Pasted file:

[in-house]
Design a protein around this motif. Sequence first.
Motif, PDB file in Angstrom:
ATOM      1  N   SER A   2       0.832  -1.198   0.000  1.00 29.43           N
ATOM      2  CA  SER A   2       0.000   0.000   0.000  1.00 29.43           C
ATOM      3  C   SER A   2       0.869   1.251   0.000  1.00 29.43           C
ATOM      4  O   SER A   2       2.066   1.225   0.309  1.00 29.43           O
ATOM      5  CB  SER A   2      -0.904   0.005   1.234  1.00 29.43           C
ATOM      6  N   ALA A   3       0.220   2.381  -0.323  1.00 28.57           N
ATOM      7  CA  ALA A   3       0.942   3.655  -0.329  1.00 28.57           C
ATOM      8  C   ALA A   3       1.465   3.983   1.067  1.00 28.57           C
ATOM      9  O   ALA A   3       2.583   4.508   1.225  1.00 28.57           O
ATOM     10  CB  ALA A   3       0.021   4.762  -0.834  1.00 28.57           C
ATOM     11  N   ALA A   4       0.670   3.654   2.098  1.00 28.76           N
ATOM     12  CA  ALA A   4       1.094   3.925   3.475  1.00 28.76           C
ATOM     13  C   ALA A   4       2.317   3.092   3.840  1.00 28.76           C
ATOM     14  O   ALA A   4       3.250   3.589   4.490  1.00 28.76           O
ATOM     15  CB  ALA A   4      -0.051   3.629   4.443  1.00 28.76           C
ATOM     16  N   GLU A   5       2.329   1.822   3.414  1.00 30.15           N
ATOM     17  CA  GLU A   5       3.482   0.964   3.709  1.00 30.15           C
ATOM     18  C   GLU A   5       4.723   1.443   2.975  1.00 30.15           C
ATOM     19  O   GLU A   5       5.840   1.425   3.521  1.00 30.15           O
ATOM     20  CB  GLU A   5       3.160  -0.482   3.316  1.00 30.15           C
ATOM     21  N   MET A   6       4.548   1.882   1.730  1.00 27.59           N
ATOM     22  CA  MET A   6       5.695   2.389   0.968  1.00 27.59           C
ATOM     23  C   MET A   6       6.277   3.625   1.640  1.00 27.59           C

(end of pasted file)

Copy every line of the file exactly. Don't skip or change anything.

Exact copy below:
[in-house]
Design a protein around this motif. Sequence first.
Motif, PDB file in Angstrom:
ATOM      1  N   SER A   2       0.832  -1.198   0.000  1.00 29.43           N
ATOM      2  CA  SER A   2       0.000   0.000   0.000  1.00 29.43           C
ATOM      3  C   SER A   2       0.869   1.251   0.000  1.00 29.43           C
ATOM      4  O   SER A   2       2.066   1.225   0.309  1.00 29.43           O
ATOM      5  CB  SER A   2      -0.904   0.005   1.234  1.00 29.43           C
ATOM      6  N   ALA A   3       0.220   2.381  -0.323  1.00 28.57           N
ATOM      7  CA  ALA A   3       0.942   3.655  -0.329  1.00 28.57           C
ATOM      8  C   ALA A   3       1.465   3.983   1.067  1.00 28.57           C
ATOM      9  O   ALA A   3       2.583   4.508   1.225  1.00 28.57           O
ATOM     10  CB  ALA A   3       0.021   4.762  -0.834  1.00 28.57           C
ATOM     11  N   ALA A   4       0.670   3.654   2.098  1.00 28.76           N
ATOM     12  CA  ALA A   4       1.094   3.925   3.475  1.00 28.76           C
ATOM     13  C   ALA A   4       2.317   3.092   3.840  1.00 28.76           C
ATOM     14  O   ALA A   4       3.250   3.589   4.490  1.00 28.76           O
ATOM     15  CB  ALA A   4      -0.051   3.629   4.443  1.00 28.76           C
ATOM     16  N   GLU A   5       2.329   1.822   3.414  1.00 30.15           N
ATOM     17  CA  GLU A   5       3.482   0.964   3.709  1.00 30.15           C
ATOM     18  C   GLU A   5       4.723   1.443   2.975  1.00 30.15           C
ATOM     19  O   GLU A   5       5.840   1.425   3.521  1.00 30.15           O
ATOM     20  CB  GLU A   5       3.160  -0.482   3.316  1.00 30.15           C
ATOM     21  N   MET A   6       4.548   1.882   1.730  1.00 27.59           N
ATOM     22  CA  MET A   6       5.695   2.389   0.968  1.00 27.59           C
ATOM     23  C   MET A   6       6.277   3.625   1.640  1.00 27.59           C